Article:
I’ve run a couple of sessions for my RPG group of the last couple of months.

I’ve run a couple of sessions for my RPG group of the last couple of months.

I’ve run a couple of sessions for my RPG group of the last couple of months. Everyone says they’re enjoying themselves but they have one criticism, there’s no story arc. Killing a different monster every week doesn’t really lead to an over arching plot.

I was wondering if/how anyone else incorporated a story arc into their games of MOTW.

5 thoughts on “I’ve run a couple of sessions for my RPG group of the last couple of months.”

  1. Pgs 227-238 of the book detail the creation of arcs (which are, imo, integral to the game). Essentially creating arcs is very similar to creating a mystery: you pick a basic concept, some threats, and a countdown. As for where to get that stuff? Mine your character’s backstories! Most of the playbooks give you lots to work with: The Initate’s sect, The Chosen’s destiny, the source of The Spooky’s powers, and so on. There should be plenty to dig in to just with that stuff, and the more you can connect it with your players’ backstories and interests, the more invested they’ll be.

    My current game is still in its starting stages but the Initiate’s sect–a creepy New Age-y yoga cult–is going to play a huge role in things to come, as is a local evil corporation. The one thing I would say is try to let some of the background stuff develop organically. If you plan too much in advance it’ll feel forced. The real trick is to make it up as you go but make it feel like you had it planned all along.

  2. Player histories! I started with a single mystery idea and a vague notion of a larger story that one mission could turn into. After player creation, I had a pretty much clear picture of how we might resolve the player stories through mysteries. Like a TV show, much of the sessions will be main story episodes, but there can also be some novelty or otherwise side-bar episodes too.

    – The Chosen and Divine share a mission to stop the coming apocalypse, which I’m tying into the vague overarching story I had considered. That’s going to be the main story arc that involves multiple steps and individual episodes.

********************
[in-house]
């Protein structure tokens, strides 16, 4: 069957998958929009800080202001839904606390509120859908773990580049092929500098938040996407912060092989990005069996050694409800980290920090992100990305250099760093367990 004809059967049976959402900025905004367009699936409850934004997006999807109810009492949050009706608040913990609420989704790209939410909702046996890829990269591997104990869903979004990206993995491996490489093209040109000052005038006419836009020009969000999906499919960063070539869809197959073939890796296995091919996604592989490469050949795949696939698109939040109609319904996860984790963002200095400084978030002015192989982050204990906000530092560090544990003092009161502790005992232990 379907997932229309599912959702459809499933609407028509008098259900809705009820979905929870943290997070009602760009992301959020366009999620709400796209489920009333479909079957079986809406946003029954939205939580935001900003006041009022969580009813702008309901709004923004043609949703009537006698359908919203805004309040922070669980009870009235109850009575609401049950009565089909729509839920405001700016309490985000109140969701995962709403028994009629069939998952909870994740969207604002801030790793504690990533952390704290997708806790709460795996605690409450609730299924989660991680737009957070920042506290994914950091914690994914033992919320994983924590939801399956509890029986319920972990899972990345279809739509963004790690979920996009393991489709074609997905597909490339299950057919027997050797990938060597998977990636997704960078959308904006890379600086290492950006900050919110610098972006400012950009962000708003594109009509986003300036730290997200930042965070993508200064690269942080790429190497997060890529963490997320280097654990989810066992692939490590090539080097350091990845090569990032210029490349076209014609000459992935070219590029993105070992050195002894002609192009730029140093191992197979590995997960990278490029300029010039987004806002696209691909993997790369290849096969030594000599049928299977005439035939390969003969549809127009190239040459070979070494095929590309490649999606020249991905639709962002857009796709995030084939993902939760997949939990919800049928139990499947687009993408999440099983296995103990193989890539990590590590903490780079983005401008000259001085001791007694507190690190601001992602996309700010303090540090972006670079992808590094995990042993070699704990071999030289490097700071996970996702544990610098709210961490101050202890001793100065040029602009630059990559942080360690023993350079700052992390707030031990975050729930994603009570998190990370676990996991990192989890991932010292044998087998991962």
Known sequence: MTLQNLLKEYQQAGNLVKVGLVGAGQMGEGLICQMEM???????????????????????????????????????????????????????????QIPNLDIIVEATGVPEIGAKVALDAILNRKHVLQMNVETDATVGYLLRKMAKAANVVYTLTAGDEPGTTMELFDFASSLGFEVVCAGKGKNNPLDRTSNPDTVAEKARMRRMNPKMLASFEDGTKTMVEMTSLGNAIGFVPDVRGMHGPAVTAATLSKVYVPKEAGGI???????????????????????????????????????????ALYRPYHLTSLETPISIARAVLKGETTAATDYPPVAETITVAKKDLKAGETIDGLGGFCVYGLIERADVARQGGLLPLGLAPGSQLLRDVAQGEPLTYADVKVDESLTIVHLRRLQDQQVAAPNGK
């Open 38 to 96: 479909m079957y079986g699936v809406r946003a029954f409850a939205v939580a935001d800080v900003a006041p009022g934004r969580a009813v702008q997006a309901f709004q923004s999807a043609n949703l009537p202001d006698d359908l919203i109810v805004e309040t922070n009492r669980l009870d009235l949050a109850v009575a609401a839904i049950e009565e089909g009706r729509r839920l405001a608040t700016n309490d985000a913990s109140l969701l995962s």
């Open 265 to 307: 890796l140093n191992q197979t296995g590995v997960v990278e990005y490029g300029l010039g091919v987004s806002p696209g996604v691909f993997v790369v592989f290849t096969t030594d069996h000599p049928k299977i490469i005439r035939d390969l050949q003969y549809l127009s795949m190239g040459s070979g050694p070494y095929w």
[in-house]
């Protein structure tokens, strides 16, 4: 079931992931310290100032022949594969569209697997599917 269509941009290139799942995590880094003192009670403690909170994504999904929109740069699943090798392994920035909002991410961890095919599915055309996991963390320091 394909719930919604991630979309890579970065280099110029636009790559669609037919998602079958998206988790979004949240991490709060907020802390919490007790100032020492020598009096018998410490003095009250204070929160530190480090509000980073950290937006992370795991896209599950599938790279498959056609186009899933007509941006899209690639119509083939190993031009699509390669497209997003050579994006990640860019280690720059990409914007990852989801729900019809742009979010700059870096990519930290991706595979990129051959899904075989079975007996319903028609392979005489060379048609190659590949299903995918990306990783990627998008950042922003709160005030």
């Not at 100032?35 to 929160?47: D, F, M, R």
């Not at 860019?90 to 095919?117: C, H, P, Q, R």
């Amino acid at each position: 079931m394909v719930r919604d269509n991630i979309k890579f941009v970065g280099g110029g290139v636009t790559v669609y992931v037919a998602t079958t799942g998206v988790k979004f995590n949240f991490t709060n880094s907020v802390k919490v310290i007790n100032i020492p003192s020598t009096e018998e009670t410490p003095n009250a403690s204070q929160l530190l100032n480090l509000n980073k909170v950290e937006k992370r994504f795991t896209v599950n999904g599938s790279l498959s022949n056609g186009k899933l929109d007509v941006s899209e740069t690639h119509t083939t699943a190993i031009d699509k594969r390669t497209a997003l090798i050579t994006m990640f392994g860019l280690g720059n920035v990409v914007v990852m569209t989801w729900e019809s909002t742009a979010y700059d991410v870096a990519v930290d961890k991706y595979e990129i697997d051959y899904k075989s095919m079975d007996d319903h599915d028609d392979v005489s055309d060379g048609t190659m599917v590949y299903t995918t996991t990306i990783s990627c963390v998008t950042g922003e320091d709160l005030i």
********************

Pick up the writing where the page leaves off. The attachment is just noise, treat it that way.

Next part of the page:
– I have a Wronged whose family was killed by wraiths, but the player specifically said the wraiths were sent by someone. So I’m going to make it so the person who sent those wraiths works for the Agency that our Professional works for and see what drama the players take from that.

    – The Professional first encountered the Crooked and the Divine through a debacle involving a particular immortal. That immortal is going to come back in some way I haven’t determined yet. But the original event already put tension between the Crooked and Divine. I will certainly use his return to play with that tension and see how they choose to resolve it, including possible ways the Agency could try to push the Professional into an uncomfortable position.

    What I love about PbtA games in general is their collaborative nature and how little the Keeper has to individually carry. The players took 2 hours to create the characters and backstories. Don’t let that go to waste! Mine that to create a series of mysteries and are interesting in and of themselves and that also let the players resolve some of these stories they created.

    The players are just as responsible for creating a fun and interesting narrative as the Keeper is. In this group, for example, the Crooked went off and did a bunch of stuff on her own, which I didn’t expect. While I was scrambling to think through how to handle things, the Professional simply announced that when she came into this particular room, he was there! Yes he had to explain how that happened, and his back story fit that perfectly (the Pro used to be married to the Crooked’s mother), but he did that, not me. Empower your players to guide things. “Play to find out what happens.”

  3. I ran a game on Happy Jacks RPG called Interpol X (http://happyjacks.org) that included a season arc. I had a vague idea of the overall arc based on session 0, and just made sure all weekly monsters sprang out of that arc. I made a separate mystery sheet for the arc and then had NPCs continuously show up so that when the big showdown happened the PCs were already familiar with these baddies.

    It’s totally doable. Even retroactively. Have some previously seen NPCs turn up again and start linking them together. Try to build the arc out of threads that already were established about the world.


  4. I’m starting a game filled with Angels and Demons in steampunk London. There is a half angel/half demon queen who wants to rule earth. But she’s also a popular madam in a well-known brothel and the hunters will start the game thinking she’s an ally, or at least neutral.

    They think they are hunting down an anarchist gang calling themselves The Queendom of Heaven, and they go to her for information – in fact, it’s HER organization. A fallen angel works in the same brothel and she is indeed an ally who also provides them with information. Each week, they are going to be sent on one wild goose chase after another – I’m a little hopeful (weirdly so) that they make some mistakes in who they hunt down, and eliminate some of the “good guys” – it will create some wild tension – not everyone is as they seem.

    Ultimately, the end of the campaign will be when they either realize she is their true enemy and hunt her down, or get too close without realizing the truth and she comes after them. I’m excited to see where that goes.

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